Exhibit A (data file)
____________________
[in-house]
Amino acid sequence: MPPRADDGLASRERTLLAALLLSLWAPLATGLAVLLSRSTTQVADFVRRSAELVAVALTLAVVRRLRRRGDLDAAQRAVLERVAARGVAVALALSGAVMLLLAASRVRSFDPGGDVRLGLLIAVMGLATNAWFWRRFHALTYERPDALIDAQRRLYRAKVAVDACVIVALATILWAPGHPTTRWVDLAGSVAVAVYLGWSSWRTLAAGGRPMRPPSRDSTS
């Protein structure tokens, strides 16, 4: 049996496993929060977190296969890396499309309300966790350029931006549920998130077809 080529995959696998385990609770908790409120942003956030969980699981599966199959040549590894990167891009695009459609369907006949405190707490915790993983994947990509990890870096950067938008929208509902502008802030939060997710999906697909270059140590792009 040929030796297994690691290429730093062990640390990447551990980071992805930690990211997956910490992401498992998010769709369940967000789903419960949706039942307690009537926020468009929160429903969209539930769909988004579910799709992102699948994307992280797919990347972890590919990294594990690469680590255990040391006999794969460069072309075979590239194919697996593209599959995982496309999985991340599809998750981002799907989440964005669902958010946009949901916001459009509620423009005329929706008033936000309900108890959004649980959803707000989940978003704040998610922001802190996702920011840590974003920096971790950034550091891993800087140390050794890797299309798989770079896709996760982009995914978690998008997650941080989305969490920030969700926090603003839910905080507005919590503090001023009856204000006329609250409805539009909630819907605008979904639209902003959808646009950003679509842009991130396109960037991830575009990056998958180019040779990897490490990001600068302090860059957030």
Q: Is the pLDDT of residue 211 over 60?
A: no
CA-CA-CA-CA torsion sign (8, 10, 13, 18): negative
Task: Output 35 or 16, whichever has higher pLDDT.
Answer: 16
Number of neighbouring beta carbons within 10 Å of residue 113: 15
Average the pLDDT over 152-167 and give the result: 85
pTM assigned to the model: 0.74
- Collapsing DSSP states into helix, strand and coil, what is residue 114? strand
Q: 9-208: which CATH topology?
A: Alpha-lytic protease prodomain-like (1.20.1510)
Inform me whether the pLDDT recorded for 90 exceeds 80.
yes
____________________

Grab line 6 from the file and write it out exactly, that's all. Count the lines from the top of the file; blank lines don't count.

CA-CA-CA-CA torsion sign (8, 10, 13, 18): negative